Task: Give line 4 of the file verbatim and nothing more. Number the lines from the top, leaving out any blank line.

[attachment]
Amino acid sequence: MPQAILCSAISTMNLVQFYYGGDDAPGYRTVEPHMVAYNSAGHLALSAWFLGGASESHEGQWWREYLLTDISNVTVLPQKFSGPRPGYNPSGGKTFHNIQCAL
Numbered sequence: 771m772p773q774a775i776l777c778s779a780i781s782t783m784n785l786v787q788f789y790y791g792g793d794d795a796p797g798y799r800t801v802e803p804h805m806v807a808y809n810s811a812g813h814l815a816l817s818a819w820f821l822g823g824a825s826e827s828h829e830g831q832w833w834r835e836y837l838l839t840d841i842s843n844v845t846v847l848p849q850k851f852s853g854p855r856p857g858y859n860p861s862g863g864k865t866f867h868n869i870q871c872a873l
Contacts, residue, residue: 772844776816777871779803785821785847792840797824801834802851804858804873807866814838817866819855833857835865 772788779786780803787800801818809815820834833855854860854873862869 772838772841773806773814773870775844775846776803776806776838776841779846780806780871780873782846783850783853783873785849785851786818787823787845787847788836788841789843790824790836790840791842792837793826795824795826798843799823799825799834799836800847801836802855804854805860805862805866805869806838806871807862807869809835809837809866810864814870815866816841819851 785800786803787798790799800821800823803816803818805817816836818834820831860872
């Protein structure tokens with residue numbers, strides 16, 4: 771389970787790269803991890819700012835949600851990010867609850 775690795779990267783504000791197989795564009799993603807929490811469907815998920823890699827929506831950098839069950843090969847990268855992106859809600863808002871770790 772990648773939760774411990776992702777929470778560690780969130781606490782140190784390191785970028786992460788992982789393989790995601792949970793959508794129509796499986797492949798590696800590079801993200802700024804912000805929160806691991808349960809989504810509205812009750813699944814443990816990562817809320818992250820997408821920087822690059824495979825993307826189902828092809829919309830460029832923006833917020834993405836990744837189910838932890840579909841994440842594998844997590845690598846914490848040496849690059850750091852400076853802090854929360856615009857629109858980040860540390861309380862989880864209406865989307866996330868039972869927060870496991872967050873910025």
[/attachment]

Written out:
């Protein structure tokens with residue numbers, strides 16, 4: 771389970787790269803991890819700012835949600851990010867609850 775690795779990267783504000791197989795564009799993603807929490811469907815998920823890699827929506831950098839069950843090969847990268855992106859809600863808002871770790 772990648773939760774411990776992702777929470778560690780969130781606490782140190784390191785970028786992460788992982789393989790995601792949970793959508794129509796499986797492949798590696800590079801993200802700024804912000805929160806691991808349960809989504810509205812009750813699944814443990816990562817809320818992250820997408821920087822690059824495979825993307826189902828092809829919309830460029832923006833917020834993405836990744837189910838932890840579909841994440842594998844997590845690598846914490848040496849690059850750091852400076853802090854929360856615009857629109858980040860540390861309380862989880864209406865989307866996330868039972869927060870496991872967050873910025």